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You can travel on an airplane without ID

The next time I refused to produce ID and the agent freaked, I told her, “just tap up Sec-Dec 96-5 on your computer, and go to Paragraph 1, Section C. Designate me as a ‘selectee,’ and proceed accordingly. She apparently thought I was an FAA undercover employee, because she said that she was “tired of you federal guys coming around” and literally spying on airline agents, “coercing us into lying to people, and essentially being the ‘bag man’ for an activity which has no legal requirement.” I told her that I could not agree more.

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It looks like that was originally written in the late 1990s (since the "have your bags been unattended" questions are pretty much long gone now), despite the 2006 date attached to it.

I always found it amazing how TWA 800 was used to bring on the ID requirement and get the Logan observation deck closed, myself.

Don't know why you would say that; I've still been asked about unattendance of bags every time I've flown.

Maybe it's because I've been doing mostly online or kiosk check-ins lately (though I seem to recall those questions being part of the process even on those at one point) but I seriously can't recall the last time I was asked either of them.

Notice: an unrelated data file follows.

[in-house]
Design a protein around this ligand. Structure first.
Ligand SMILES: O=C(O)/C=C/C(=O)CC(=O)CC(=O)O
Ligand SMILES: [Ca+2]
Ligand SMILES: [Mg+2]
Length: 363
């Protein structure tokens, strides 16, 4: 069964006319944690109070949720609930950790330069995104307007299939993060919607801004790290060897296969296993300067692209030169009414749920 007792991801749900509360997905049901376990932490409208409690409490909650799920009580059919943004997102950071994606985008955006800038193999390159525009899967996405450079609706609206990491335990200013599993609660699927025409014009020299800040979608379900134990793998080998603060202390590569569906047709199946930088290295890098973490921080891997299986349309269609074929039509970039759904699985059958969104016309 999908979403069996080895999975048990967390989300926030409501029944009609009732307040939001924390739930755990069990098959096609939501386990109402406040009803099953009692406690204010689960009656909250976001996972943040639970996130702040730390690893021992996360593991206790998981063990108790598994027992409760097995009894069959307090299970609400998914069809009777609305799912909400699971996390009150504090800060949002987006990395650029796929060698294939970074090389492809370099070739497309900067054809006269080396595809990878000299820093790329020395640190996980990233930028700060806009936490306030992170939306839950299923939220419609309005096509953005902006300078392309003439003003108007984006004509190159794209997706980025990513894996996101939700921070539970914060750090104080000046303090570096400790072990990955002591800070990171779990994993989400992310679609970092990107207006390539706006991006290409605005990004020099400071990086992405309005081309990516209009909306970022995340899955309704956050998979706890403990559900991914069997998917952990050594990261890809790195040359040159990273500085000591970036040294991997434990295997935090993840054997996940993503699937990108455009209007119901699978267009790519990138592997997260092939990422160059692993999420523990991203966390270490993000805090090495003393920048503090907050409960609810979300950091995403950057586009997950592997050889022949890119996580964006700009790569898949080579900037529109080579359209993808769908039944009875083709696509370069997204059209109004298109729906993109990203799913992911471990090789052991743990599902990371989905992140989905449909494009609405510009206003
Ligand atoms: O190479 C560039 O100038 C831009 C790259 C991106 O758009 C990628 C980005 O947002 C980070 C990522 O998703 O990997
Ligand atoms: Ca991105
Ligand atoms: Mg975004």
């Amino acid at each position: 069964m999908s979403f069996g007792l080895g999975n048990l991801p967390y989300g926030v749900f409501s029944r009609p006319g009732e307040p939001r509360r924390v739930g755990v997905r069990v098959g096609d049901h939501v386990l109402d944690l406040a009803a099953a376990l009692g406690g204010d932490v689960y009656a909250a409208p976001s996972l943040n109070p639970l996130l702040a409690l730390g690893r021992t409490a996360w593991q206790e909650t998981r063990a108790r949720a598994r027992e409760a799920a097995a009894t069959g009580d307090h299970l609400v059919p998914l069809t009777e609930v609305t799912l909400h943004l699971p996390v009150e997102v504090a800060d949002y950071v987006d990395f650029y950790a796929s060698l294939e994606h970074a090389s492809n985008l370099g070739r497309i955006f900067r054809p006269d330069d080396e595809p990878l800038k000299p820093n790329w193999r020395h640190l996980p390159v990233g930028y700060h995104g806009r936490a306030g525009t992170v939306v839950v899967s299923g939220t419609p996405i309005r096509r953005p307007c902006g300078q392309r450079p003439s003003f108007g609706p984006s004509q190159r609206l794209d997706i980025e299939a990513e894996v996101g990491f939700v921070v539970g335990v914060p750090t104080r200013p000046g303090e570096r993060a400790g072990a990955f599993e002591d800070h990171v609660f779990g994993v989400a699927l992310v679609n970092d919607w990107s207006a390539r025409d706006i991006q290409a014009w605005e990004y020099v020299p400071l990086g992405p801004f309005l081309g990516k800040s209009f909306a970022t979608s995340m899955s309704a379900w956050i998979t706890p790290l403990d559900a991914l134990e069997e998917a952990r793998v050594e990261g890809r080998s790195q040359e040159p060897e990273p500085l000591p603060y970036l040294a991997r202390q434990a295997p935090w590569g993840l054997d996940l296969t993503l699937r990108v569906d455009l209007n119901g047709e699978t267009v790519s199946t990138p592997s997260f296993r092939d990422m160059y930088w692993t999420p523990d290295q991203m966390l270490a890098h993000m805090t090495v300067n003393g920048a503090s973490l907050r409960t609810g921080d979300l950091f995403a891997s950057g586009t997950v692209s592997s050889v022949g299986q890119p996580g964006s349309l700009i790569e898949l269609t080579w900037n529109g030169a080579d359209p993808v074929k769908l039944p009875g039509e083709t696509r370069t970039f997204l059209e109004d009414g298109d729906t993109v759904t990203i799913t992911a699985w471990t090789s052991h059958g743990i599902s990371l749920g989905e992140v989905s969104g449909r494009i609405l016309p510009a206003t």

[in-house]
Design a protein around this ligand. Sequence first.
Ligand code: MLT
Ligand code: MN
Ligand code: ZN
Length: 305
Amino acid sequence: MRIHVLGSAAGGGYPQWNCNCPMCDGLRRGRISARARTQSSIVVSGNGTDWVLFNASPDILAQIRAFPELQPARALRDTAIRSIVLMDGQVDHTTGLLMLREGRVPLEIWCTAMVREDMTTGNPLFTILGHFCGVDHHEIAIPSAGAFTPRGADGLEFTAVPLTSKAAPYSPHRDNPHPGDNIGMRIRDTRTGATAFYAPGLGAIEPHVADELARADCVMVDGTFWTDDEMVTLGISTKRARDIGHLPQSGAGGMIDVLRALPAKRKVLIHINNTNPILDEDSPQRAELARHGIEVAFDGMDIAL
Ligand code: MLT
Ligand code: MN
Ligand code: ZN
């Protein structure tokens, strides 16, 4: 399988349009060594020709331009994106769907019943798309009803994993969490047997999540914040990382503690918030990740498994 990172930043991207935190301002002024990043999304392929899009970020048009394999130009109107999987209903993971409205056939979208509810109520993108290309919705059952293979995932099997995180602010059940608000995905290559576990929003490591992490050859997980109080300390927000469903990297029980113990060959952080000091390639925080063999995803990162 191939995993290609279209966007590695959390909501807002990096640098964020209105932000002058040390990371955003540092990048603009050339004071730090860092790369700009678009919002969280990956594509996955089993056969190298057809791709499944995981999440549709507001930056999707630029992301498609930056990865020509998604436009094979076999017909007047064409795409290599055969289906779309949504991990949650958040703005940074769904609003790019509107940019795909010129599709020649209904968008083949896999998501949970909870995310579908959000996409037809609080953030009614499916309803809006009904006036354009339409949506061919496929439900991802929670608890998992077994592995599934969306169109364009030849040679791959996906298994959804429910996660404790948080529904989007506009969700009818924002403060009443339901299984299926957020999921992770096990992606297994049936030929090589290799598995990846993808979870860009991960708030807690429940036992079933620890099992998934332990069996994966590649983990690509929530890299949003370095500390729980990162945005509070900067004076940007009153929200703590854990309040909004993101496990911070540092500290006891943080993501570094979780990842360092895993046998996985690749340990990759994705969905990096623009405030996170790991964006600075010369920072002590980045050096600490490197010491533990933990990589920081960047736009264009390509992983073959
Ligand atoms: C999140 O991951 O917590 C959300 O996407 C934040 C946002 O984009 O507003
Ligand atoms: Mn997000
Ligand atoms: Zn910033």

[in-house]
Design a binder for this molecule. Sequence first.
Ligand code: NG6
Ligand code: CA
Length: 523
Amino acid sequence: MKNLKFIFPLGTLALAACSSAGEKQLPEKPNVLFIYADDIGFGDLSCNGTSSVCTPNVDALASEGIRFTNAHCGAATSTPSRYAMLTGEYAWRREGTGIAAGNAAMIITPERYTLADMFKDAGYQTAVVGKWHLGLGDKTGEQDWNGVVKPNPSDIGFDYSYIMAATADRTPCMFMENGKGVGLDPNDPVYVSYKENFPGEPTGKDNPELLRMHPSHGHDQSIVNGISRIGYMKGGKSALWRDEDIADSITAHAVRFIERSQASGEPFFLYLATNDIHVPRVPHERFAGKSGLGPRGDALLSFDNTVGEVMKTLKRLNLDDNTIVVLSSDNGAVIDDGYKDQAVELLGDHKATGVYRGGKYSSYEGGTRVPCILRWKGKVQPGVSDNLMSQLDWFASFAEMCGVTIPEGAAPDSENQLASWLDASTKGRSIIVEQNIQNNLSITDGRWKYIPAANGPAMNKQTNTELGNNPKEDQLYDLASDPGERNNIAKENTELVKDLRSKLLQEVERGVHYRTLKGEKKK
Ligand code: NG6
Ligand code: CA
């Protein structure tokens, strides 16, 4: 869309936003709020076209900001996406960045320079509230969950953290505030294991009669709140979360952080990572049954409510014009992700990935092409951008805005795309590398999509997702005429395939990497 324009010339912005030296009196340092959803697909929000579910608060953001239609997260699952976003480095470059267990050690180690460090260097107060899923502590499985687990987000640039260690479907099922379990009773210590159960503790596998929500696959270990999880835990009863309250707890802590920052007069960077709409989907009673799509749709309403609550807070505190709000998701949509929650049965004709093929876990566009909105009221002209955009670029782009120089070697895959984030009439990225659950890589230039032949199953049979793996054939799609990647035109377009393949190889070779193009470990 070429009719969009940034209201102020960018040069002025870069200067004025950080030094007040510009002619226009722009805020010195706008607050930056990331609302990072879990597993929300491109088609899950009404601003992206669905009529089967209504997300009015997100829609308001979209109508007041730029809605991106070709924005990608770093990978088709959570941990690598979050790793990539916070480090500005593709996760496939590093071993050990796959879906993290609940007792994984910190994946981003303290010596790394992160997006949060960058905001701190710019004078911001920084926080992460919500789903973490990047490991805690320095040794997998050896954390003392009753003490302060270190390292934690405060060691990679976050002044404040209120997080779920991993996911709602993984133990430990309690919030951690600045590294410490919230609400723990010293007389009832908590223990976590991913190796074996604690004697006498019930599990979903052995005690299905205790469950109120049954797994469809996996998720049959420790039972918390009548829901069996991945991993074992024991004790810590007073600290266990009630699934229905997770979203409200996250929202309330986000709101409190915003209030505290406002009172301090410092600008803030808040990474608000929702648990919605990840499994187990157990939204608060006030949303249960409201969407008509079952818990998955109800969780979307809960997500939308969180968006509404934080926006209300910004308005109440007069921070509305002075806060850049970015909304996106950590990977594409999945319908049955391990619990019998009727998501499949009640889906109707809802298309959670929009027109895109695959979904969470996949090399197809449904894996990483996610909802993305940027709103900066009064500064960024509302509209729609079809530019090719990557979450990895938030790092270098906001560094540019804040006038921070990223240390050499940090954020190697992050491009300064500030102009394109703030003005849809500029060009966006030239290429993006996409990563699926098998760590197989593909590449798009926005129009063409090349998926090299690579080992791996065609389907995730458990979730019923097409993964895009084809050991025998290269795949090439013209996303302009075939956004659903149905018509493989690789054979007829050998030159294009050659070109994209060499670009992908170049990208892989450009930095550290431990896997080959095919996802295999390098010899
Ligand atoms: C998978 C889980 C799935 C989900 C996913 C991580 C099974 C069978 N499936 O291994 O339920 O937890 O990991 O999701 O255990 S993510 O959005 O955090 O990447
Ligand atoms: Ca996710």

I was always tempted to say something like "yes, a man I've never met before took them away from me and put them in a locked compartment I had no access to. Also he looked and sounded foreign." That is after all an accurate description of most taxi rides to the airport....

About two years ago a friend of mine had his photo ID accidentally confiscated in Texas the day before we had to leave for California (long story). In any case, he had no way of getting it back before our plane was scheduled to leave. He showed up at the check in desk and basically said hi, I don't have an ID. How can I get on the plane? They marked his boarding pass for "special" screening which basically meant they opened his carry on and searched through it, gave him a pat down etc. Took maybe 5 minutes longer for him to get through than the rest of us.

Things may have changed in the last two years, but it sort of made me question some of Gilmore's claims at the time.

I lost my wallet the night before I was supposed to fly back to DC from Arizona in 2002 and was having a panic attack that I wouldn't be able to get home. My mother found an ancient high school ID of mine, so I had that with me, but I had no problems getting home. And I have read since then that it is possible to fly without ID, but with additional screening/questions.

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